1,500 Scientists Lift the Lid on Reproducibility. Baker, M. 533(7604):452–454.
1,500 Scientists Lift the Lid on Reproducibility [link]Paper  doi  abstract   bibtex   
Survey sheds light on the 'crisis' rocking research. [Excerpt] More than 70\,% of researchers have tried and failed to reproduce another scientist's experiments, and more than half have failed to reproduce their own experiments. Those are some of the telling figures that emerged from Nature's survey of 1,576 researchers who took a brief online questionnaire on reproducibility in research. [\n] The data reveal sometimes-contradictory attitudes towards reproducibility. Although 52\,% of those surveyed agree that there is a significant 'crisis' of reproducibility, less than 31\,% think that failure to reproduce published results means that the result is probably wrong, and most say that they still trust the published literature. [\n] [...] [\n] Failing to reproduce results is a rite of passage, says Marcus Munafo, a biological psychologist at the University of Bristol, UK, who has a long-standing interest in scientific reproducibility. [...] [\n] The challenge is not to eliminate problems with reproducibility in published work. Being at the cutting edge of science means that sometimes results will not be robust, says Munafo. ” We want to be discovering new things but not generating too many false leads.” [\n] [...] [::The cause] The survey asked scientists what led to problems in reproducibility. More than 60\,% of respondents said that each of two factors – pressure to publish and selective reporting – always or often contributed. More than half pointed to insufficient replication in the lab, poor oversight or low statistical power. A smaller proportion pointed to obstacles such as variability in reagents or the use of specialized techniques that are difficult to repeat. [\n] But all these factors are exacerbated by common forces, says Judith Kimble, a developmental biologist at the University of Wisconsin-Madison: competition for grants and positions, and a growing burden of bureaucracy that takes away from time spent doing and designing research. [...]
@article{baker500ScientistsLift2016,
  title = {1,500 Scientists Lift the Lid on Reproducibility},
  author = {Baker, Monya},
  date = {2016-05},
  journaltitle = {Nature},
  volume = {533},
  pages = {452--454},
  issn = {0028-0836},
  doi = {10.1038/533452a},
  url = {https://doi.org/10.1038/533452a},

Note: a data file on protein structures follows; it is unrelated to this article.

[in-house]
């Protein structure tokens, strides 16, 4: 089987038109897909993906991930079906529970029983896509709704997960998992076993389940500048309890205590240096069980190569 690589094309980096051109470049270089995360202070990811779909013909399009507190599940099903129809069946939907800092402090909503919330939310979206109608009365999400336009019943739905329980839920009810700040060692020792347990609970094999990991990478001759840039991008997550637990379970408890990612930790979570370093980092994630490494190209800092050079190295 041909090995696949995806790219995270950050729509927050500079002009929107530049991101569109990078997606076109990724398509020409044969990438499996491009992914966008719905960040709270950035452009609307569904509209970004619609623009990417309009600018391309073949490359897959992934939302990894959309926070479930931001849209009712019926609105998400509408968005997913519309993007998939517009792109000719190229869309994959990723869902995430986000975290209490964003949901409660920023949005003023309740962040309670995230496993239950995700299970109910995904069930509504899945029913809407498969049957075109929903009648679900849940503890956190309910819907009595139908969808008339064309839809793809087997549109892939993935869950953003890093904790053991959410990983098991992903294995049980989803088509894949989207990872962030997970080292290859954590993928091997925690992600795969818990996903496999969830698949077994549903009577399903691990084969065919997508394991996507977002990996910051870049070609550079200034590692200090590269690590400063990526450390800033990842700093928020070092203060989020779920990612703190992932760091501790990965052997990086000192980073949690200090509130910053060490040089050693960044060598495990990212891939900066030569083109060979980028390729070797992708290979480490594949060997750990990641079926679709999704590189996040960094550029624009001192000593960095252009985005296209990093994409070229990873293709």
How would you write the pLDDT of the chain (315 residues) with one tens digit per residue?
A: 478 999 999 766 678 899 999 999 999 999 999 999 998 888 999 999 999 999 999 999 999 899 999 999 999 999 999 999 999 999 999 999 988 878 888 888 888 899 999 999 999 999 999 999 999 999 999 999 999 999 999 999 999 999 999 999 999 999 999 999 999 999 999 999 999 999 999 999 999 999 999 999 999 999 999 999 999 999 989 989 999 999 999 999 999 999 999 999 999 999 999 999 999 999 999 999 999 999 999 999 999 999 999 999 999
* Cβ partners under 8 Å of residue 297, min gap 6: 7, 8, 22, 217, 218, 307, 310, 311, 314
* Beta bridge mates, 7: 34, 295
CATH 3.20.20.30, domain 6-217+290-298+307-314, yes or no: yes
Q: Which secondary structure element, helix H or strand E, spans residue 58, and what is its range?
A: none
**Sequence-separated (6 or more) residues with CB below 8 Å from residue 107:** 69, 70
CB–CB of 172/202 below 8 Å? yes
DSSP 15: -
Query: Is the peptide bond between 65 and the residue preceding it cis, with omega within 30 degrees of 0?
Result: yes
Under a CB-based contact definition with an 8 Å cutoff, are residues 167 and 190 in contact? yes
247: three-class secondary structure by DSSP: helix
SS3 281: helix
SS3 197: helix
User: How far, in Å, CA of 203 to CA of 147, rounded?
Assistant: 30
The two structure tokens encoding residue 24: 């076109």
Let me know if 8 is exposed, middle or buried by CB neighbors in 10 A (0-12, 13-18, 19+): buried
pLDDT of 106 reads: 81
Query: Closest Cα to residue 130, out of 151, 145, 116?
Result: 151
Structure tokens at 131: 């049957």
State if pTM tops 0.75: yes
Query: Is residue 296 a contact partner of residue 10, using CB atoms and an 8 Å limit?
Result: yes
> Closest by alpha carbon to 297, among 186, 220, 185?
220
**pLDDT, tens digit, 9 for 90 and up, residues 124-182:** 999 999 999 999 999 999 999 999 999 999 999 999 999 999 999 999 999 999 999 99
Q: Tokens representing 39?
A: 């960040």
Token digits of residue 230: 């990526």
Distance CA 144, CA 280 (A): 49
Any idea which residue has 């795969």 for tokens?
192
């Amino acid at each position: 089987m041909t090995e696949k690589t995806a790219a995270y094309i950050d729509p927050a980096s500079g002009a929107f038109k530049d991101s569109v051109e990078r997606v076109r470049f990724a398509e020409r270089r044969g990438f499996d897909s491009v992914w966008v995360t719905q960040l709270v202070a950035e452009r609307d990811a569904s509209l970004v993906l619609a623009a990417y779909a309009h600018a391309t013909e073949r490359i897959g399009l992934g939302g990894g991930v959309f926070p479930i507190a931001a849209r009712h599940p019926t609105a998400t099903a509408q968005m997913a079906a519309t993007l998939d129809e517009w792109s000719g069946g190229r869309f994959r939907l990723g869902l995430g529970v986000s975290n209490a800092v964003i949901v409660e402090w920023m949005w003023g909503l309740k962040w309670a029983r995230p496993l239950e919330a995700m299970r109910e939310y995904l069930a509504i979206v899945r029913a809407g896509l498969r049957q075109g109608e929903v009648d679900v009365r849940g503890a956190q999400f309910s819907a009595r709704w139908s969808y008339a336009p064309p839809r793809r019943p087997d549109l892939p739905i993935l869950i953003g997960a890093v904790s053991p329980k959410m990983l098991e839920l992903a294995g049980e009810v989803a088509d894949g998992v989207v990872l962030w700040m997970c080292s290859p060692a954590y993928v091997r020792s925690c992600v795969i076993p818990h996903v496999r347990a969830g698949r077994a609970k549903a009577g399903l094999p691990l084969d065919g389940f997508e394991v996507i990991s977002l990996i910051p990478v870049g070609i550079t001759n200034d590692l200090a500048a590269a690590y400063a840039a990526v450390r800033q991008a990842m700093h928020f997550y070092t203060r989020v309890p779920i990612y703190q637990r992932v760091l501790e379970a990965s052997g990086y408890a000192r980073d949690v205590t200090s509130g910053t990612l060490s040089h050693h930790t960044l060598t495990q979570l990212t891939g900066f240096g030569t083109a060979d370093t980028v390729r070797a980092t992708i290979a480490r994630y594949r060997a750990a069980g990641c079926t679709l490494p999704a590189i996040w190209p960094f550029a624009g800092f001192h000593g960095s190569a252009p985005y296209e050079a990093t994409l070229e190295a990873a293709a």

abstract = {Survey sheds light on the 'crisis' rocking research.

[Excerpt] More than 70\,\% of researchers have tried and failed to reproduce another scientist's experiments, and more than half have failed to reproduce their own experiments. Those are some of the telling figures that emerged from Nature's survey of 1,576 researchers who took a brief online questionnaire on reproducibility in research.

[\textbackslash n] The data reveal sometimes-contradictory attitudes towards reproducibility. Although 52\,\% of those surveyed agree that there is a significant 'crisis' of reproducibility, less than 31\,\% think that failure to reproduce published results means that the result is probably wrong, and most say that they still trust the published literature.

[\textbackslash n] [...]

[\textbackslash n] Failing to reproduce results is a rite of passage, says Marcus Munafo, a biological psychologist at the University of Bristol, UK, who has a long-standing interest in scientific reproducibility. [...]

[\textbackslash n] The challenge is not to eliminate problems with reproducibility in published work. Being at the cutting edge of science means that sometimes results will not be robust, says Munafo. ” We want to be discovering new things but not generating too many false leads.”

[\textbackslash n] [...]

[::The cause]

The survey asked scientists what led to problems in reproducibility. More than 60\,\% of respondents said that each of two factors -- pressure to publish and selective reporting -- always or often contributed. More than half pointed to insufficient replication in the lab, poor oversight or low statistical power. A smaller proportion pointed to obstacles such as variability in reagents or the use of specialized techniques that are difficult to repeat.

[\textbackslash n] But all these factors are exacerbated by common forces, says Judith Kimble, a developmental biologist at the University of Wisconsin-Madison: competition for grants and positions, and a growing burden of bureaucracy that takes away from time spent doing and designing research. [...]},
  keywords = {*imported-from-citeulike-INRMM,~INRMM-MiD:c-14042568,epistemology,open-science,reproducibility,reproducible-research,science-ethics,scientific-knowledge-sharing},
  number = {7604}
}
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